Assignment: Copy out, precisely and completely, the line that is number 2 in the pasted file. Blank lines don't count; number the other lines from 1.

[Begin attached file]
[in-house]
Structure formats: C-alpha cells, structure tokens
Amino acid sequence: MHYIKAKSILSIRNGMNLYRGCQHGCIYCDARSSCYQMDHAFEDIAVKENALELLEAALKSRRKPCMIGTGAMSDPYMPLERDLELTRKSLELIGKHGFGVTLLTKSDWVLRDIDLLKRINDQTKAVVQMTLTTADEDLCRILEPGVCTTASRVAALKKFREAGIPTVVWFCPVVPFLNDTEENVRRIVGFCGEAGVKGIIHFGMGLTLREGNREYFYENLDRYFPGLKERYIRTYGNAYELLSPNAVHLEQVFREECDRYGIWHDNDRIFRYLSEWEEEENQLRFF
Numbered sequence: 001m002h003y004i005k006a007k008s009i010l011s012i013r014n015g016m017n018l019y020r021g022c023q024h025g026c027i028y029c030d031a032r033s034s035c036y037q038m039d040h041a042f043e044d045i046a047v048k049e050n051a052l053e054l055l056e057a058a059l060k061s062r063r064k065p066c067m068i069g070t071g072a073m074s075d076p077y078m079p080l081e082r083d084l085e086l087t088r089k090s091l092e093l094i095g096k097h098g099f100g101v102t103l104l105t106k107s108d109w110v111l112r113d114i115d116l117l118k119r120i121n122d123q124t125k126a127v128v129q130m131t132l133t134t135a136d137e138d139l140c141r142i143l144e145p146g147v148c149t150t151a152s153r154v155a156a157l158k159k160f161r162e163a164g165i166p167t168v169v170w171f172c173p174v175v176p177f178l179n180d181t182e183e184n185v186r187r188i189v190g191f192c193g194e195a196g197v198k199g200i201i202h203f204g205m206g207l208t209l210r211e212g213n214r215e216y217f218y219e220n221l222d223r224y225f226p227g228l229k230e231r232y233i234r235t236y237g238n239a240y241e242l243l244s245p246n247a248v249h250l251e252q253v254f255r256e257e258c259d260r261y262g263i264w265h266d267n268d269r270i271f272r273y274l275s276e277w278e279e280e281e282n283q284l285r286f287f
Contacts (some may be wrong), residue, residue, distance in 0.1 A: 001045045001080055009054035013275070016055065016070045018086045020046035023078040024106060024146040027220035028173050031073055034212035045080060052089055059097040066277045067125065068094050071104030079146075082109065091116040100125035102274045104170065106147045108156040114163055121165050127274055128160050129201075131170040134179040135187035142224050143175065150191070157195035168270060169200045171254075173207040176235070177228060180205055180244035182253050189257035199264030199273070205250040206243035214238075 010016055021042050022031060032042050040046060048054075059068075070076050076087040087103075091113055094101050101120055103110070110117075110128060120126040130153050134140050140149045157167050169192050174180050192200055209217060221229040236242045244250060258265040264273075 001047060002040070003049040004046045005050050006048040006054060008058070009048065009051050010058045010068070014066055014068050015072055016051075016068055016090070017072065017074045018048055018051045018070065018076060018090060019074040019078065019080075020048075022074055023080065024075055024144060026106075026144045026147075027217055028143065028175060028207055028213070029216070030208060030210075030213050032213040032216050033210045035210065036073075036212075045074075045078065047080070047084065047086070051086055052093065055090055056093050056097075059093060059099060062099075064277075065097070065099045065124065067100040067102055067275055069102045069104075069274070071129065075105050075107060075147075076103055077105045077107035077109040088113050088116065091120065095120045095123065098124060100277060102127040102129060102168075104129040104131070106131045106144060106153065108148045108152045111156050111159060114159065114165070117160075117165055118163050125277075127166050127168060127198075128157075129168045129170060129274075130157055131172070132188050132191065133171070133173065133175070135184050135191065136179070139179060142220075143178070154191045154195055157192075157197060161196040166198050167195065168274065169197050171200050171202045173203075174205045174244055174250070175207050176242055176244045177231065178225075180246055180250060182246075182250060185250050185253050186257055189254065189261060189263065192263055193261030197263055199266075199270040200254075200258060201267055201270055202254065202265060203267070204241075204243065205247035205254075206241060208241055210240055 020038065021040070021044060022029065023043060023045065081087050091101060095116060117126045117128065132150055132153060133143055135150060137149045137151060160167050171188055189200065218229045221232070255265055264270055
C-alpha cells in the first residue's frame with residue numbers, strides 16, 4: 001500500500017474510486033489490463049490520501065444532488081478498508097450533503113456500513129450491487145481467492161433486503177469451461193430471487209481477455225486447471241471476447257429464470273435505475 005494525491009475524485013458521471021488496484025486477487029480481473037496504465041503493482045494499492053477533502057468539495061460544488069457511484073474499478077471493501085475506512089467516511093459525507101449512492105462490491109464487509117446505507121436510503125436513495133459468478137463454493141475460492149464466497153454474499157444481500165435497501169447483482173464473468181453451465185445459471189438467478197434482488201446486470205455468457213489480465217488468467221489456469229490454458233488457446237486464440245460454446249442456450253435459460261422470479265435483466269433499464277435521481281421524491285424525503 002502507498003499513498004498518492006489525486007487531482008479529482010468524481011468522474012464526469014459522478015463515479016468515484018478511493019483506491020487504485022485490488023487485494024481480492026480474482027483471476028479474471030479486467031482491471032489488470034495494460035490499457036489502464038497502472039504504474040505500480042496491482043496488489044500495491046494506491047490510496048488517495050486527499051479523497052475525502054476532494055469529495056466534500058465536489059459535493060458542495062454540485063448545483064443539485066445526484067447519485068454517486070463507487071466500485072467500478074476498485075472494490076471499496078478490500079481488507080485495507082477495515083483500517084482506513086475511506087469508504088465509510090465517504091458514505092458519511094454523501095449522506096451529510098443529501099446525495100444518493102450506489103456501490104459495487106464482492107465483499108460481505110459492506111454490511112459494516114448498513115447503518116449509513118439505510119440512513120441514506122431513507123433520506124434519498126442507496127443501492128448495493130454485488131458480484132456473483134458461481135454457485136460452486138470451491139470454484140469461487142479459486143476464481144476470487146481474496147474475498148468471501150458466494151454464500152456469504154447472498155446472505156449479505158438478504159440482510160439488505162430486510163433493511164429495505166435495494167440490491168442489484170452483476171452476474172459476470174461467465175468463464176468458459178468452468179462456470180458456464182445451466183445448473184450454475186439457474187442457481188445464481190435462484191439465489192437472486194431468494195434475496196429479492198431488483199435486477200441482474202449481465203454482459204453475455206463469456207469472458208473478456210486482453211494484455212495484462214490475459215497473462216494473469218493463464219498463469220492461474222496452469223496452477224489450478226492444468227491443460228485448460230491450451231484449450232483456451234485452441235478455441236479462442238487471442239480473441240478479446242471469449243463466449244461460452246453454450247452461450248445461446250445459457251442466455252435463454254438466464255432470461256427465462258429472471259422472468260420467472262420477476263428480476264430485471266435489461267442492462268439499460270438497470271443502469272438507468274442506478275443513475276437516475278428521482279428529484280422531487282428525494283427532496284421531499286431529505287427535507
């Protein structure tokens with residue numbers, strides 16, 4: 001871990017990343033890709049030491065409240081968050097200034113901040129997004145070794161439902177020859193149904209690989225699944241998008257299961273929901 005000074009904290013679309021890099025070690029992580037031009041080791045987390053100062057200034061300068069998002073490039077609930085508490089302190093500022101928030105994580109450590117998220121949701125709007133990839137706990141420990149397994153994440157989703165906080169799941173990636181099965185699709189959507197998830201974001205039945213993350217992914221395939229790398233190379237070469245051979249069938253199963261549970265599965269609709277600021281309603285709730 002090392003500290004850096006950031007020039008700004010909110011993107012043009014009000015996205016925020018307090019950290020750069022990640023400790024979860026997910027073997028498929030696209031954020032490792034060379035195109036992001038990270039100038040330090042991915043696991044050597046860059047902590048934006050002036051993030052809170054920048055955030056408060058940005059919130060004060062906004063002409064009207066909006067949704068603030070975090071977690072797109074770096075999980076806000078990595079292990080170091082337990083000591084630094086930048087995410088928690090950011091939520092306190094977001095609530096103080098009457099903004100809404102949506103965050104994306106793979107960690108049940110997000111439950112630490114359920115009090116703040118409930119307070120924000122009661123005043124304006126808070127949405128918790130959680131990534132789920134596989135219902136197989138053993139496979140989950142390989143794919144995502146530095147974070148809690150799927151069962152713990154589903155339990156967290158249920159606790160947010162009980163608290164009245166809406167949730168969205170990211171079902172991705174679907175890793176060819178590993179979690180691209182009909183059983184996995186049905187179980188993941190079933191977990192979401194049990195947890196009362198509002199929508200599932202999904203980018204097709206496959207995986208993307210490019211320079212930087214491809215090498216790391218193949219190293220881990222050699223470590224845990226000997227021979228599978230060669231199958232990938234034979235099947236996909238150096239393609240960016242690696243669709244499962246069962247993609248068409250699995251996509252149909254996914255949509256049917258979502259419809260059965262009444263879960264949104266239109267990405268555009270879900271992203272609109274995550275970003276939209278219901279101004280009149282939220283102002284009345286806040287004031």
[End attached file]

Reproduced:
Structure formats: C-alpha cells, structure tokens